Thanks to Julie for suggesting our Baby Name of the Day.
There’s nothing new about Julia. The feminine form of Julius, it’s been in use since the earliest days of the Roman Empire. Earlier, even. After all, Julius Ceasar’s sister and daughter both answered to the name, as was the custom for women from noble families. Their family dates to at least 489 BC.
The name might mean youthful. Others connect it to Jupiter. The family itself claimed descent from Julus, son of Trojan War hero Aeneas.
Forms of the name remained in use across Europe over the centuries. Shakespeare used it for a character in his 1594 comedy The Two Gentlemen of Verona. But it was relatively rare in the Middle Ages and wouldn’t catch on in English until the eighteenth century.
In French, the masculine form of Julius became Julian. Again, it wasn’t terribly common – but it was known.
It was also sometimes used as a feminine name in England, along with Juliana.
ADD AND -NE
Today Julianne is generally considered the French feminine form.
Like Josephine and Adrienne, Francine and Jacqueline, those -ne endings signal a daughter’s name.
But Julianne has never been especially popular in France, unlike 1980s French sensation Julie.
JULIE and JULIA
Speaking of Julie, it entered the US Top 100 in 1951 and peaked at #10 in 1971. It would remain a Top 100 favorite through 1991.
By 1980, Julia also appeared in the US Top 100, a spot it still holds as of 2019.
So the rise of Julianne comes on the heels of Julie and Julia.
In the US, the baby name Julianne enjoyed a brief burst of popularity following the 1984 Olympics.
Gymnast Julianne McNamara was part of 1984 Olympic team, winning a gold medal in the uneven bars, a silver for floor exercise, and a silver with the rest of the American team.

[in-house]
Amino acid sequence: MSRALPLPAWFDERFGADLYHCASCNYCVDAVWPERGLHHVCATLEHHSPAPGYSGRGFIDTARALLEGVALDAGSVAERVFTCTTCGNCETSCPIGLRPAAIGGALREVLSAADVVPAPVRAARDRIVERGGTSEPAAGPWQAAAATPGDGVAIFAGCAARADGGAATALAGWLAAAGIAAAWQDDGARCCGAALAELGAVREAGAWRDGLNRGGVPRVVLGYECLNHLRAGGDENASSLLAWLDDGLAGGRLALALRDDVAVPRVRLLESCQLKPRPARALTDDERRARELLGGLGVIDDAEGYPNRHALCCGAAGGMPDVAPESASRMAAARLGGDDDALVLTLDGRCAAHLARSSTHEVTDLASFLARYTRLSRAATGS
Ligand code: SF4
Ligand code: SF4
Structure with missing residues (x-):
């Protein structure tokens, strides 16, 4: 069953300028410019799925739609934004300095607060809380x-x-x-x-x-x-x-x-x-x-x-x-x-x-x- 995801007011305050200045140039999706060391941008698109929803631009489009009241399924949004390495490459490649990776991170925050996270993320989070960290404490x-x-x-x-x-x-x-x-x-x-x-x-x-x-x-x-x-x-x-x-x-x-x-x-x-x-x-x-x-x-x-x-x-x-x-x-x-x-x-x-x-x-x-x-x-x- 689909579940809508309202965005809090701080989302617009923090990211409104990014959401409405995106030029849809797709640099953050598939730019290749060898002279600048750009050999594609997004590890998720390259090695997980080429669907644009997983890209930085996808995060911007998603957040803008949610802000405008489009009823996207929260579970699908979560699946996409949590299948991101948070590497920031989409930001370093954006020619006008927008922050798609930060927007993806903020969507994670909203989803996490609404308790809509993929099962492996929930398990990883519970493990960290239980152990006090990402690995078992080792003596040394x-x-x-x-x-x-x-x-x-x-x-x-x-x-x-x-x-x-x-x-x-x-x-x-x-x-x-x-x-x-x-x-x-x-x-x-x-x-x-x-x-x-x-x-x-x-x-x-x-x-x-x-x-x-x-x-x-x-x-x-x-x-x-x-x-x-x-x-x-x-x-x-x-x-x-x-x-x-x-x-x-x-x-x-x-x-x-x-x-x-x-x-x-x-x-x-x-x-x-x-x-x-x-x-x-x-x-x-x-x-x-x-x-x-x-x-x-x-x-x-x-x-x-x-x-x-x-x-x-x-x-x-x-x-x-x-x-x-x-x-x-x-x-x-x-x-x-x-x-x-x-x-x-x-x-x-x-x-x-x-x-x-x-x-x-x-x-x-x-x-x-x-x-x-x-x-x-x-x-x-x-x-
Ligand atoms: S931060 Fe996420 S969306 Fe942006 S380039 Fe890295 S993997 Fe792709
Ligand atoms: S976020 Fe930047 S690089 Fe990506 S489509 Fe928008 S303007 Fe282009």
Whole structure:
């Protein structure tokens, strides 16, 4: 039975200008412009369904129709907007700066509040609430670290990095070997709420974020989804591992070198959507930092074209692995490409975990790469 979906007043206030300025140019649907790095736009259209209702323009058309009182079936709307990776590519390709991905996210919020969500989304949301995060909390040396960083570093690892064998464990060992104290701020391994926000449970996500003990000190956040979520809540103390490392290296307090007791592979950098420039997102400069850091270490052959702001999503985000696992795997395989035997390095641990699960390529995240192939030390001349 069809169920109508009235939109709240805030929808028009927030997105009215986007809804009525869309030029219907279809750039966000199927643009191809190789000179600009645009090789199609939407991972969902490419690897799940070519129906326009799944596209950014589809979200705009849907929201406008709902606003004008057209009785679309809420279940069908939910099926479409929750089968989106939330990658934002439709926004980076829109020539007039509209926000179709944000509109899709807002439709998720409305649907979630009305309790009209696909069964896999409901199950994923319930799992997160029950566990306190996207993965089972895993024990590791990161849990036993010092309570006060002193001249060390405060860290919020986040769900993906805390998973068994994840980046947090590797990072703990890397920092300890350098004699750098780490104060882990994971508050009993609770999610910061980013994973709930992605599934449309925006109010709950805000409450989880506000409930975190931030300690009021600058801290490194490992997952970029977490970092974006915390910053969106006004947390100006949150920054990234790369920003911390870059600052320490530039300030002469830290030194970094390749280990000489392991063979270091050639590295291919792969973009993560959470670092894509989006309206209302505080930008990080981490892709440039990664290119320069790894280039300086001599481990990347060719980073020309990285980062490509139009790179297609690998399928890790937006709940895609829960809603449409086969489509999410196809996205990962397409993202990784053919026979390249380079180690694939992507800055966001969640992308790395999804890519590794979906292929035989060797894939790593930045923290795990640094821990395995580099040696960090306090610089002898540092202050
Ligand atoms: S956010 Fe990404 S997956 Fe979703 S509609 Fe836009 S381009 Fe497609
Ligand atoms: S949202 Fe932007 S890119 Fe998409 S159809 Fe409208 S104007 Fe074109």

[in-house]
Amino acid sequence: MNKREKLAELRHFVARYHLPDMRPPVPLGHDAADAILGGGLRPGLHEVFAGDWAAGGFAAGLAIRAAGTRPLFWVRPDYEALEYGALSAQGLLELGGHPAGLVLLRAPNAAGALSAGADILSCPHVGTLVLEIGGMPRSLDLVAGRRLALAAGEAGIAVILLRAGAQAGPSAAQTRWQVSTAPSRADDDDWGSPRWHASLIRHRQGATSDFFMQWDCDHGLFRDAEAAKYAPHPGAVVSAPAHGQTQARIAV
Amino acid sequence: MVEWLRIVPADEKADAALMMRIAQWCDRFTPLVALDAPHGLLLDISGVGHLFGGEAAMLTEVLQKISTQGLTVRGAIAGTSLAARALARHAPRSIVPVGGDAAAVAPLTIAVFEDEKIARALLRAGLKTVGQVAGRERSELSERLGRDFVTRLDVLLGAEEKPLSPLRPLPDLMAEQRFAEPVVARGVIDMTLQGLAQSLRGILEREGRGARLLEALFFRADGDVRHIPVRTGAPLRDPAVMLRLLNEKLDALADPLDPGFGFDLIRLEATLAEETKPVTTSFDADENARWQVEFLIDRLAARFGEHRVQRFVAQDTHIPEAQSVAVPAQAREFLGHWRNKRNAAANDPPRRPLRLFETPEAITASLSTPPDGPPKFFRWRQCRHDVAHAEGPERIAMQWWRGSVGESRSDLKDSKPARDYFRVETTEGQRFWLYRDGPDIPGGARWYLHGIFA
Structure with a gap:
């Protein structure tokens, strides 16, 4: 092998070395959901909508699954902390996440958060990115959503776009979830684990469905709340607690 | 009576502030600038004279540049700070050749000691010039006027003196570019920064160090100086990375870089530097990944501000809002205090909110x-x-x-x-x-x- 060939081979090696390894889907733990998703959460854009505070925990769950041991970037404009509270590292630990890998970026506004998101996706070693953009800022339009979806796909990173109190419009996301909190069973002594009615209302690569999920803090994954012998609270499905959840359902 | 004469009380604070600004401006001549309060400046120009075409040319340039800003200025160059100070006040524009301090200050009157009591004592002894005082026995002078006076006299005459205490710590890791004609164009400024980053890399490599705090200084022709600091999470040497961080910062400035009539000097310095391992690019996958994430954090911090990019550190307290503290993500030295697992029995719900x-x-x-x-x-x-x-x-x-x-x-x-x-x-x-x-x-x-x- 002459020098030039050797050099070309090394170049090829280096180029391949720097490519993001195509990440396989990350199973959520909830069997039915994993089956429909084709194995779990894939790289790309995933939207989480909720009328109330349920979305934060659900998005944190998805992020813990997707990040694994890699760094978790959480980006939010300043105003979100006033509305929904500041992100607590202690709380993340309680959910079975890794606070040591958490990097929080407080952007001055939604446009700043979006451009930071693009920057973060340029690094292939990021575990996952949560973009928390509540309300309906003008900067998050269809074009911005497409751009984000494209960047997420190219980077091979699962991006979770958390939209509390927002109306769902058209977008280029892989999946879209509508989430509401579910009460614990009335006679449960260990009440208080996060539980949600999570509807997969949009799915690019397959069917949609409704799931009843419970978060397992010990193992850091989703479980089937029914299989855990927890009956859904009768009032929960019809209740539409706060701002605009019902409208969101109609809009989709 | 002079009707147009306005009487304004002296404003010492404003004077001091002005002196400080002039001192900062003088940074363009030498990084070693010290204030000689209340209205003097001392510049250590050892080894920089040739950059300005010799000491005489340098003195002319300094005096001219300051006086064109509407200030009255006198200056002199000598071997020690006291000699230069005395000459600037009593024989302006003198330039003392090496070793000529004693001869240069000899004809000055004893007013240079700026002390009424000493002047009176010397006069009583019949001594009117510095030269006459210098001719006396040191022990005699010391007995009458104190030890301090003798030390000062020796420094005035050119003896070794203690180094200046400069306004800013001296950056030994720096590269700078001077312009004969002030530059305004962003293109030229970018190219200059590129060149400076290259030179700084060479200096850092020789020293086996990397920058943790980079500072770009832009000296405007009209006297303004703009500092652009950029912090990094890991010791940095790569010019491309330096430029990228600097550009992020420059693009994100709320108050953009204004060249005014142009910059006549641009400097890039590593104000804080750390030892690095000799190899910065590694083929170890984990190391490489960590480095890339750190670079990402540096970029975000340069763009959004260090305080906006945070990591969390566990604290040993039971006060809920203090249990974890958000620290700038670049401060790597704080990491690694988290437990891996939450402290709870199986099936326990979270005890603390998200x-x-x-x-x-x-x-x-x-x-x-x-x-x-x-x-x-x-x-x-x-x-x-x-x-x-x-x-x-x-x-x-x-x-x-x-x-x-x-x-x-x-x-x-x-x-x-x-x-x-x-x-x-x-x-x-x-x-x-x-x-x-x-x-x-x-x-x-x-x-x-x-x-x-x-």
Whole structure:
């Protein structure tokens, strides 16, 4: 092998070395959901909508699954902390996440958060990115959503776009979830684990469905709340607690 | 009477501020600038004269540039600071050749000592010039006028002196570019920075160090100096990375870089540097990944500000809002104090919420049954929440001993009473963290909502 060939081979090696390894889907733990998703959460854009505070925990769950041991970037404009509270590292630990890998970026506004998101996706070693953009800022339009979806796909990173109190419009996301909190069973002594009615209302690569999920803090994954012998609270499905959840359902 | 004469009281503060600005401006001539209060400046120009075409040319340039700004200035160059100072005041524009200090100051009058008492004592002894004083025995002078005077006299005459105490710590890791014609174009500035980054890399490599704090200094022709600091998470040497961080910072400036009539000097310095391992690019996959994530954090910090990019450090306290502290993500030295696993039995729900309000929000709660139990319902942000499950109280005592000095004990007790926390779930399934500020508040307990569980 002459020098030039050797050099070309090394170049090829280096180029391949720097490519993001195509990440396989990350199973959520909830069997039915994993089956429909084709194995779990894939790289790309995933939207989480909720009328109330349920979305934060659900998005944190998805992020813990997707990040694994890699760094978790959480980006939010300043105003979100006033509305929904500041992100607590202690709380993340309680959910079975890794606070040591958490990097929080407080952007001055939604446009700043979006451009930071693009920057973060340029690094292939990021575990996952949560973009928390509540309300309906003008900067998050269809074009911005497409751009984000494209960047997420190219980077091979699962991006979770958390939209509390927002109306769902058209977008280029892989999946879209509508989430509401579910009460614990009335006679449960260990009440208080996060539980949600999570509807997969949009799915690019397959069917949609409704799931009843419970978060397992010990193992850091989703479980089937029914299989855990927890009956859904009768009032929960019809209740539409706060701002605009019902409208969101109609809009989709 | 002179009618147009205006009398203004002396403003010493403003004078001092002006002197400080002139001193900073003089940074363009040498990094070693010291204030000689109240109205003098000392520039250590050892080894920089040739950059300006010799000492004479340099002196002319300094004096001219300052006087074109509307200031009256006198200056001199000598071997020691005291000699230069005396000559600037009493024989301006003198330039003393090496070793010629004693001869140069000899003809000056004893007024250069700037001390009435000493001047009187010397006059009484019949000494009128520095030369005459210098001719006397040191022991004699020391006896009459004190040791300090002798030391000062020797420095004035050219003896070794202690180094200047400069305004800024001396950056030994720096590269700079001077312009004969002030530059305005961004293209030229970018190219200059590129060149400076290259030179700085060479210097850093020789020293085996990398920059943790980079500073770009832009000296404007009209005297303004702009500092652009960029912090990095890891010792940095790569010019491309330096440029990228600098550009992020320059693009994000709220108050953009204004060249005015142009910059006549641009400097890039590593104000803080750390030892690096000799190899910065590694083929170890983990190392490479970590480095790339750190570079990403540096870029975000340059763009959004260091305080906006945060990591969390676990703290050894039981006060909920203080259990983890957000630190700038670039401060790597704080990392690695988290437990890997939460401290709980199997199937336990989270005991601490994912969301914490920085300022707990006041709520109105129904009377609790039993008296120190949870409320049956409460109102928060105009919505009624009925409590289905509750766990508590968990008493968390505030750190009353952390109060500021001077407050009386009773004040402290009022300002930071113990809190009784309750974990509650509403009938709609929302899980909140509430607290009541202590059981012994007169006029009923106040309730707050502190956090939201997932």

That might not seem like a recipe for international superstardom, but the team was wildly famous. Mary Lou Retton remains a household name, but at the time they were all famous. After all, several team members – including McNamara – had expected to compete in the 1980 Moscow games, but sat them out after the US boycotted. And the Americans’ silver was their highest finish ever.
Julianne jumped from #695 to #454 in 1984, and to #364 by 1985.
PHILLIPS, MOORE, HOUGH
You might also think of Julianne Phillips. In the 1980s, she graduated from modeling and music videos to acting, briefly becoming Mrs. Bruce Springsteen along the way. Their rocky relationship inspired Springsteen’s 1987 song Tunnel of Love.
But there’s no question the most famous figure is Julianne Moore. The Academy Award-nominated actor was born Julie Anne, but smooshed her names together professionally. She joined the cast of As the World Turns in 1985 – possibly another reason the name enjoyed a brief burst of popularity in the middle of the decade.
Fans of Dancing With the Stars will also think of dancer-turned-choreographer and actor Julianne Hough.
BY THE NUMBERS
The baby name Julianne entered US Top 1000 in 1930.
1930 was a good year for Marianne and Suzanne, so perhaps it was the -anne ending.
It never really caught on in a big way, and it left the US Top 1000 entirely after 2016.
We do love Julie names, of course. Juliet and Juliette are riding high. In fact, the equally French Juliette seems to have eclipsed Julianne, one rising as the other falters.
But Julianne remains a strong choice for parents seeking something feminine and tailored, familiar but just a little bit different. It makes a great middle, too. And if unconventional nicknames appeal, then the contraction June from JUlianNE might be perfection.